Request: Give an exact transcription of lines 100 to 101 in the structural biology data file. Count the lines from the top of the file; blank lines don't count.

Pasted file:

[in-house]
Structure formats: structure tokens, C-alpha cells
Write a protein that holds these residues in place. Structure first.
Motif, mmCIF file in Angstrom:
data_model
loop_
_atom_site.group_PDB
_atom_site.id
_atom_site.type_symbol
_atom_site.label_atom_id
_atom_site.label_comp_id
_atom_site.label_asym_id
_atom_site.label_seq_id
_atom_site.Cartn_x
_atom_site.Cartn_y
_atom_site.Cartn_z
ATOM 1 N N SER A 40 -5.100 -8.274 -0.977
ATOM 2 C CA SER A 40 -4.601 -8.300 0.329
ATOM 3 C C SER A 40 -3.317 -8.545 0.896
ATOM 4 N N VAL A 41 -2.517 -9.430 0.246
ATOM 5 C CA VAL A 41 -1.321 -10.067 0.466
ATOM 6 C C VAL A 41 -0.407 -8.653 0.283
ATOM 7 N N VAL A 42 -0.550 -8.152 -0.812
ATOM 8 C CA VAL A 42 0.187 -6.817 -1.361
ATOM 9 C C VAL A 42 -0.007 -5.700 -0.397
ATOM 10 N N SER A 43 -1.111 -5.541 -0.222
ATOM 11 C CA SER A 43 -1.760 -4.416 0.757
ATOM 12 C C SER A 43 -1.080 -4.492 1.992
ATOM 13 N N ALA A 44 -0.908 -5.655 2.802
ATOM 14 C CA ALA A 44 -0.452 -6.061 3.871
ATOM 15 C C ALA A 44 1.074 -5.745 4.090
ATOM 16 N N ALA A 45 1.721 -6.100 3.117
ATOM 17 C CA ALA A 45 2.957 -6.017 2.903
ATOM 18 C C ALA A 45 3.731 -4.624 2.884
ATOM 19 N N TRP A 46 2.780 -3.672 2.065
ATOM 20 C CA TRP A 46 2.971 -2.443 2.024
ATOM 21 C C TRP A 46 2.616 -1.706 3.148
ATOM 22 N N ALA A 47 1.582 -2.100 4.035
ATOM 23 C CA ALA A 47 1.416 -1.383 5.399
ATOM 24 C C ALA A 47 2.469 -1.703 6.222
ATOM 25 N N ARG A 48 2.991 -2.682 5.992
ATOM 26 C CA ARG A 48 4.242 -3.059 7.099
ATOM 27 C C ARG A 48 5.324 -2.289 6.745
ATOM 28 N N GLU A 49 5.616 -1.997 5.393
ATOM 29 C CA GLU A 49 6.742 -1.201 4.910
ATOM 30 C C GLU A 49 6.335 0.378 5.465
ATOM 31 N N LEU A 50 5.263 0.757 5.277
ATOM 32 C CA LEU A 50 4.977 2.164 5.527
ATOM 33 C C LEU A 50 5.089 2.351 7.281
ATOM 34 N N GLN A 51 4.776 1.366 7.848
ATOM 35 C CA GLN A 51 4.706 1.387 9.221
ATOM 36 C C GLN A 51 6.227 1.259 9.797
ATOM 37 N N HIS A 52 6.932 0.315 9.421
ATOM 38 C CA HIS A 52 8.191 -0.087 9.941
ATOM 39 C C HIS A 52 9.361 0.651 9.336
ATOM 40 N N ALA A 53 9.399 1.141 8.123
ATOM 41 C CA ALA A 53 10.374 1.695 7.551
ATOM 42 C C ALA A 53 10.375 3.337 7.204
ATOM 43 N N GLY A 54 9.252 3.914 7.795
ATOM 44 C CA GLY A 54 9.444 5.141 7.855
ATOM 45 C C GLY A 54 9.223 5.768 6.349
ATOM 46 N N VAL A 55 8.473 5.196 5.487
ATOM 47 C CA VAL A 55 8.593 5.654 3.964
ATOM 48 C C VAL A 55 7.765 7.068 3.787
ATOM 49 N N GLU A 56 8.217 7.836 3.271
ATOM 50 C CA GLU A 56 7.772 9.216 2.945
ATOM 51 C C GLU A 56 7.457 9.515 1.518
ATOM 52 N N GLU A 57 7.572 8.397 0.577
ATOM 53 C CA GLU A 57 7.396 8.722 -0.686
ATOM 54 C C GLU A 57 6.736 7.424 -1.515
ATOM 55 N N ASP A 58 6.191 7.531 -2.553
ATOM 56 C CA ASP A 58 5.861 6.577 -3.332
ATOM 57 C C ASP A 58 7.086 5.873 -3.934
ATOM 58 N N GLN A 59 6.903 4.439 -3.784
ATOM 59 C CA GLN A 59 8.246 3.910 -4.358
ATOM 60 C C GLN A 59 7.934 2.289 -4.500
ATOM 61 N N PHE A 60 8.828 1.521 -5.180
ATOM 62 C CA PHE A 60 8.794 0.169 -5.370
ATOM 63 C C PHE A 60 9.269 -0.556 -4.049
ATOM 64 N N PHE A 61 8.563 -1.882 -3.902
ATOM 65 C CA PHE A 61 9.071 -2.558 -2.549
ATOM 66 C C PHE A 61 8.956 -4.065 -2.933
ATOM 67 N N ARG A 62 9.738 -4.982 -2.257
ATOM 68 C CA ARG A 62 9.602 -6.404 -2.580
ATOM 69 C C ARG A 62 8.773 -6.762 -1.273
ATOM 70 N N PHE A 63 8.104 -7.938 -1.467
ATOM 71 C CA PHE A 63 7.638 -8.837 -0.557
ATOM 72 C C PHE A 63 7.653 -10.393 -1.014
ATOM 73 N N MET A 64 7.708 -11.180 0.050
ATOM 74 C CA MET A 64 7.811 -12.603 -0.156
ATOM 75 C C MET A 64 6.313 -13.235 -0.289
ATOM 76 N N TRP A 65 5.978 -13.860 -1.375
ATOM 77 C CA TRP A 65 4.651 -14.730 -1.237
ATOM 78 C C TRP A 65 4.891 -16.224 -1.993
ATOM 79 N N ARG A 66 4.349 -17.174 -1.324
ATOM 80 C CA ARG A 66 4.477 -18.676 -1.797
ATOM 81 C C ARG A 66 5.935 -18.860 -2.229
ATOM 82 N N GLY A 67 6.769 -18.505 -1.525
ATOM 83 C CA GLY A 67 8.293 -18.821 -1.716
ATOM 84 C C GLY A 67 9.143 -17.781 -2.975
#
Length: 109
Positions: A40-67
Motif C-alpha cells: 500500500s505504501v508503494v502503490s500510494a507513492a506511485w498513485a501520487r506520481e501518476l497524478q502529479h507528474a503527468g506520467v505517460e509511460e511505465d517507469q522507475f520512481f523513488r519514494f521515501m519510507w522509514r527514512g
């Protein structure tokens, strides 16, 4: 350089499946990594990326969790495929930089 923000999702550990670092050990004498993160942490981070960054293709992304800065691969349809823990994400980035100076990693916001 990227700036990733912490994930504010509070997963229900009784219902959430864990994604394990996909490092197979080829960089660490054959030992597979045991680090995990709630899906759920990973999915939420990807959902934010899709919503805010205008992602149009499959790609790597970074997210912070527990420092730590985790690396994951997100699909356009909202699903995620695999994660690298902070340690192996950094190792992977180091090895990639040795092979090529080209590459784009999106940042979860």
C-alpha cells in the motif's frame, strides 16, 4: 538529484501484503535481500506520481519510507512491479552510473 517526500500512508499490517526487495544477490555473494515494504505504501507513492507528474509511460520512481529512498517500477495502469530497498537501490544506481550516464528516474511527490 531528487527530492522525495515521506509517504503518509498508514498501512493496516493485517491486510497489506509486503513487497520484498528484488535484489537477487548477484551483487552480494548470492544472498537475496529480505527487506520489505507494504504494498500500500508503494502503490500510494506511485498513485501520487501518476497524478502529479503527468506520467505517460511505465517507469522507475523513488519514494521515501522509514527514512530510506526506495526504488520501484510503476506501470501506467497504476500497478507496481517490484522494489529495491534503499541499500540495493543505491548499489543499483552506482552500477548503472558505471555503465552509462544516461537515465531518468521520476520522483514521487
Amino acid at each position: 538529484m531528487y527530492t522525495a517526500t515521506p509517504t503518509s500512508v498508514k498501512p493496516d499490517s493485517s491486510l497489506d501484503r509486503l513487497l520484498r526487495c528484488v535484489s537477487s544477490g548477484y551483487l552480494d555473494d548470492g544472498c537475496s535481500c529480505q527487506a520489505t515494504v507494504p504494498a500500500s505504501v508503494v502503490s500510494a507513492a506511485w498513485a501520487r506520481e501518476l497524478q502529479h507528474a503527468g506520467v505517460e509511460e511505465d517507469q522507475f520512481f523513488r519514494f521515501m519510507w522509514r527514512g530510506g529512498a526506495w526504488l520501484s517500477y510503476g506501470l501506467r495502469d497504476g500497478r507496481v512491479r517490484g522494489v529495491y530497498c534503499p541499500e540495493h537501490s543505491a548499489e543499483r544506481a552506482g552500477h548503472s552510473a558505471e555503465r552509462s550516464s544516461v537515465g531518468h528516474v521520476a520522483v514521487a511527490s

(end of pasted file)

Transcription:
ATOM 84 C C GLY A 67 9.143 -17.781 -2.975
#